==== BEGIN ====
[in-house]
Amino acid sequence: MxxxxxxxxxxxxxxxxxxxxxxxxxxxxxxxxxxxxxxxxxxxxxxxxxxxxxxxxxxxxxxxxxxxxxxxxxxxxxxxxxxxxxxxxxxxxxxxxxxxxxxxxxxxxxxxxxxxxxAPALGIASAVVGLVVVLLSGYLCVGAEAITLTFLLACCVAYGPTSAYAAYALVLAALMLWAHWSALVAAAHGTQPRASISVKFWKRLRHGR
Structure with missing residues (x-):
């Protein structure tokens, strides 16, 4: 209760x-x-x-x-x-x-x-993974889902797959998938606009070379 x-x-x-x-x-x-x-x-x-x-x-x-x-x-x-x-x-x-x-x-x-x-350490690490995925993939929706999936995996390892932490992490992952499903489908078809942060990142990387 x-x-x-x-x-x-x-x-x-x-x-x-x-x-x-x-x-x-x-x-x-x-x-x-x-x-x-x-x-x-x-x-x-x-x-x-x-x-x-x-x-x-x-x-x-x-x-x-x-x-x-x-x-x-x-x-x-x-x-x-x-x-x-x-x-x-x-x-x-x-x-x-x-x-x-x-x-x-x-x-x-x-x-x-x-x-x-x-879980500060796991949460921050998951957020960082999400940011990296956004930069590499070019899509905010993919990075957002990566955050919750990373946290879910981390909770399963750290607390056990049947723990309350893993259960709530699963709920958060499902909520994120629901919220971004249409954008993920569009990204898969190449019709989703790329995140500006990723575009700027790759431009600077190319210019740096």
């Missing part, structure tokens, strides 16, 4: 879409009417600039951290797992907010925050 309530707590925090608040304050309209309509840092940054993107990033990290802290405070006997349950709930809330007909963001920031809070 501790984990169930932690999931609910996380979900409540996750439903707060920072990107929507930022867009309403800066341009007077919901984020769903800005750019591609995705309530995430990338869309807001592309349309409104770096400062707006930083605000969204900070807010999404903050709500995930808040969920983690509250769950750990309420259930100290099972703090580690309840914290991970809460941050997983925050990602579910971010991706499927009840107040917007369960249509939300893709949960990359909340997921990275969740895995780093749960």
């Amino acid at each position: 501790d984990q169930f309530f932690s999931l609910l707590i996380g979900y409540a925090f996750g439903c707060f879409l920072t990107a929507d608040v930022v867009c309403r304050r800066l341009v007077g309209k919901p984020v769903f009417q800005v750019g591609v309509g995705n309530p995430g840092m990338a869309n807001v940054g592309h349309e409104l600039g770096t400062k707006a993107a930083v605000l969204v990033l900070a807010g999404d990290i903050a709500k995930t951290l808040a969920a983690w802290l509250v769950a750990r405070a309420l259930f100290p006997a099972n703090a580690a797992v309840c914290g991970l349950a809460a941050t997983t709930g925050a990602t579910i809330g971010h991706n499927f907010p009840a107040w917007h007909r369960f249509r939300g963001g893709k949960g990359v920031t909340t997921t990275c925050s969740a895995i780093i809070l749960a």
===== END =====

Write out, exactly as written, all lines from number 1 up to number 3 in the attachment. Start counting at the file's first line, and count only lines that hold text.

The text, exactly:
[in-house]
Amino acid sequence: MxxxxxxxxxxxxxxxxxxxxxxxxxxxxxxxxxxxxxxxxxxxxxxxxxxxxxxxxxxxxxxxxxxxxxxxxxxxxxxxxxxxxxxxxxxxxxxxxxxxxxxxxxxxxxxxxxxxxxAPALGIASAVVGLVVVLLSGYLCVGAEAITLTFLLACCVAYGPTSAYAAYALVLAALMLWAHWSALVAAAHGTQPRASISVKFWKRLRHGR
Structure with missing residues (x-):